A fishing rod stolen from retired Napier businessman Ken Carson's family bach has been found at least 15 years later on the bed of Lake Taupō – by his grandson.
The miracle find came when 28-year-old Max Carson and partner Sophie Elliott and her brother, Conna, were testing a trailer-boat named "Mullet" for the first time on the lake last Saturday afternoon, nearing the end of a summer holiday with the Elliotts' parents, who live in Taupo.
The boat more or less puttered-out about 500-800 metres out from where "granddad" used to launch the boat near the Carsons' former bach at Waitahanui, south of Taupō on State Highway 1.
From a champion offshore powerboat racing family – he races and both dad Wayne and uncle Tony were national champions – he was the right man to check out the engine problem, but was distracted when he saw a fishing rod deep beneath on the sandy lake floor.
He dived in, retrieved the rod, resurfaced, and passed it to Conna Elliot, who rubbed away the grime and slime, and accused Carson of some sort of prank. It had Carson's name on it.
When it was stolen and how long it's been in the water is unclear, but Max Carson says he thinks he remembers last seeing "Granddad's old 1970s rod" when he was about 10.
Grandma Colleen says the bach was burgled several times over the years before it was sold about eight years ago, and it was difficult to remember when the rod had been taken.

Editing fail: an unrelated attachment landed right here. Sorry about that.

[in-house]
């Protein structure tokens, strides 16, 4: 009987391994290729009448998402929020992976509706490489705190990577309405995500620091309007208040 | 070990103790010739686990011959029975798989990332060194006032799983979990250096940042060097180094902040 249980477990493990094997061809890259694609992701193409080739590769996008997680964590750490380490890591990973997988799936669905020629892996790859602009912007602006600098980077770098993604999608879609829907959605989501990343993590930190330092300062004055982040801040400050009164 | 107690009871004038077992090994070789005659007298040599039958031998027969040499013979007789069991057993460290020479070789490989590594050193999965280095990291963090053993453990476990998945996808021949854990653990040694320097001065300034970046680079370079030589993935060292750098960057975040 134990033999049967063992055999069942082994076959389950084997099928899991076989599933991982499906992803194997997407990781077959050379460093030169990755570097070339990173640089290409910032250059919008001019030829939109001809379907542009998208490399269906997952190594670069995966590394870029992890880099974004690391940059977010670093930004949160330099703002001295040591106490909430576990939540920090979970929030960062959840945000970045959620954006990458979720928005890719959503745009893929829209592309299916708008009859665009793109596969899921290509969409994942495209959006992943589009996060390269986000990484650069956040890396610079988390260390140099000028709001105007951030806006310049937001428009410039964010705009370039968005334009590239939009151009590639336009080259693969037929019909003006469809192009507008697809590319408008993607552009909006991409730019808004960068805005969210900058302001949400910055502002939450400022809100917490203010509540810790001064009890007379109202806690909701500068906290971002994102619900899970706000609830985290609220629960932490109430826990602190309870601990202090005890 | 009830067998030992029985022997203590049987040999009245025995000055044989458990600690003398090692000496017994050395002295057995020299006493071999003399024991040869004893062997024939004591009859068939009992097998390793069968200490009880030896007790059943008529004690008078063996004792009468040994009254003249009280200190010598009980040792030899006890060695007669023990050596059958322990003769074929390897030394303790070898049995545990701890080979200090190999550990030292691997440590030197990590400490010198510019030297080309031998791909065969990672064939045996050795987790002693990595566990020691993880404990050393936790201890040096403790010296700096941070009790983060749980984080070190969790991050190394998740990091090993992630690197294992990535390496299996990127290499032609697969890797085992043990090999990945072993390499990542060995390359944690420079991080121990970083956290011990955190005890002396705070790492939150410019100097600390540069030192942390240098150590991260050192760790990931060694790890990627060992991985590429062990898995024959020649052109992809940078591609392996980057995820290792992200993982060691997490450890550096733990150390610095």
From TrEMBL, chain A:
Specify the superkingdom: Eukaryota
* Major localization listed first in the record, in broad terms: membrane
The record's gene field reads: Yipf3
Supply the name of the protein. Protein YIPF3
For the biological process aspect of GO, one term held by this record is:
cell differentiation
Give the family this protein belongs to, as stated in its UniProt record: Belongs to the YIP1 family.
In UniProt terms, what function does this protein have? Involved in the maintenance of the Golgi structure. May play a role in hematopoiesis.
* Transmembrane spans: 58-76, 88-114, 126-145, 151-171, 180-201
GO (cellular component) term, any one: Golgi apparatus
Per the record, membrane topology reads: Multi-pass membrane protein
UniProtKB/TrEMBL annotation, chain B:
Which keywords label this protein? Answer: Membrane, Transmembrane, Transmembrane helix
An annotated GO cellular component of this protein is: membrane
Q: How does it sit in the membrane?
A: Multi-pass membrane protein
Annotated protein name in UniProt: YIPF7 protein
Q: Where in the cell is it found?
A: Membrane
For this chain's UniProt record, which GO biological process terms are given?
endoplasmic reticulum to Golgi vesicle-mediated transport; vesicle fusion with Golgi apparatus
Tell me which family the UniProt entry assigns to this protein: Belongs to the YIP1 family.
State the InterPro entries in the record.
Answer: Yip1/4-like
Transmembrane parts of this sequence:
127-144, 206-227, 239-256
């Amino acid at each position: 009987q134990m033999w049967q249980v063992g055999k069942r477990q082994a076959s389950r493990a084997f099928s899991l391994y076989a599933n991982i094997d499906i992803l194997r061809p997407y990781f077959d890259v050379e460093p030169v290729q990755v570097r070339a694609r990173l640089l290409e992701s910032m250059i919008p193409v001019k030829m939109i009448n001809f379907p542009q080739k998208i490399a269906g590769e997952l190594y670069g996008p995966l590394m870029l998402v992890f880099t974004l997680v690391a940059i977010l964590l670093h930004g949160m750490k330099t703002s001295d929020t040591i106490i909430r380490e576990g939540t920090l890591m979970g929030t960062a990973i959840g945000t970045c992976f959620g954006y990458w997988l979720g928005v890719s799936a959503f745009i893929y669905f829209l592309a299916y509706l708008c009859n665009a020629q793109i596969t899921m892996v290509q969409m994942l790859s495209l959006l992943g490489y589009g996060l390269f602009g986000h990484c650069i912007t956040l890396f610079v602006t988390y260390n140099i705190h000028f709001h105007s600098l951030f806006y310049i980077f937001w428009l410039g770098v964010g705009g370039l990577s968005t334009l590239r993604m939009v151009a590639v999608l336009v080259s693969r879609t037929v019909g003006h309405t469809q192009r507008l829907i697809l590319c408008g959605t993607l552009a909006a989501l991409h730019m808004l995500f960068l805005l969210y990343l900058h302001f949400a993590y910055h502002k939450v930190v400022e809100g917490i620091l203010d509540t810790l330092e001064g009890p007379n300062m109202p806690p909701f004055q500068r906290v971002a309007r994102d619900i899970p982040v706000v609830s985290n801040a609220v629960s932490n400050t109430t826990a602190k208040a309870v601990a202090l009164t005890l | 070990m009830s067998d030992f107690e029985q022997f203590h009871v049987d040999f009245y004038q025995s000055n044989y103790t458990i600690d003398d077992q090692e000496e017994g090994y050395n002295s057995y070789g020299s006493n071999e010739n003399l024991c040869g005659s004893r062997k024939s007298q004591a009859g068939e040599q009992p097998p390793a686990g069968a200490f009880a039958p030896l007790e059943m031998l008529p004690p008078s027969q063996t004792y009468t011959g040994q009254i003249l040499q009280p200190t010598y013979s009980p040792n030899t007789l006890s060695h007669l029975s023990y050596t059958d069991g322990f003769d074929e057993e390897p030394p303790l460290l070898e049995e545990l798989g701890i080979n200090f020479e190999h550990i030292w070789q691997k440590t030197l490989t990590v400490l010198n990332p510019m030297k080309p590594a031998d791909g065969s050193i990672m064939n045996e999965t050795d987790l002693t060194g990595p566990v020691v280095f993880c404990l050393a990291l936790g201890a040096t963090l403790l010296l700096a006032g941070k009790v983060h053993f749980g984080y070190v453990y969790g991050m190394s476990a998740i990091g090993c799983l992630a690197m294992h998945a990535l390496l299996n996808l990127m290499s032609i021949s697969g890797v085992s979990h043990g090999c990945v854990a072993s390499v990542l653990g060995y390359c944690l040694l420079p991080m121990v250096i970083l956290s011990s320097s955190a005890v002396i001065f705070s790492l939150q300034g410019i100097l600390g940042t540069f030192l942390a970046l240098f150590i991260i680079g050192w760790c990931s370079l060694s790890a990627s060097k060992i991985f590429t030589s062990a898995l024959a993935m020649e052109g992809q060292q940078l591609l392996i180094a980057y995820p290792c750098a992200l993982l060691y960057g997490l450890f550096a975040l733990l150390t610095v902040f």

Her grandson, who grew up in Auckland and lives at Paerata, near Pukekohe, says it must have been at least 15 years ago.
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It had duct tape wrapped around part of the rod, which Wayne Carson said is "something Dad would never have done."
It indicated someone had used the rod for some time after its theft, possibly several years, before losing it over the side.
"It was very clear," said Max Carson, recalling the moment he spotted the rod. Estimating it was in about six metres of water, he said: "It was pretty hard to get to … I tried two or three times before I got it."
It still had a reel - which still turned - but no line, nor the favourite ginger mick fly that would have been with it when it was stolen.
"It would have been set up to go out on the boat," Ken Carson said, relaxing at Clifton, Cape Kidnappers. "It's amazing. I wouldn't mind getting the fly back."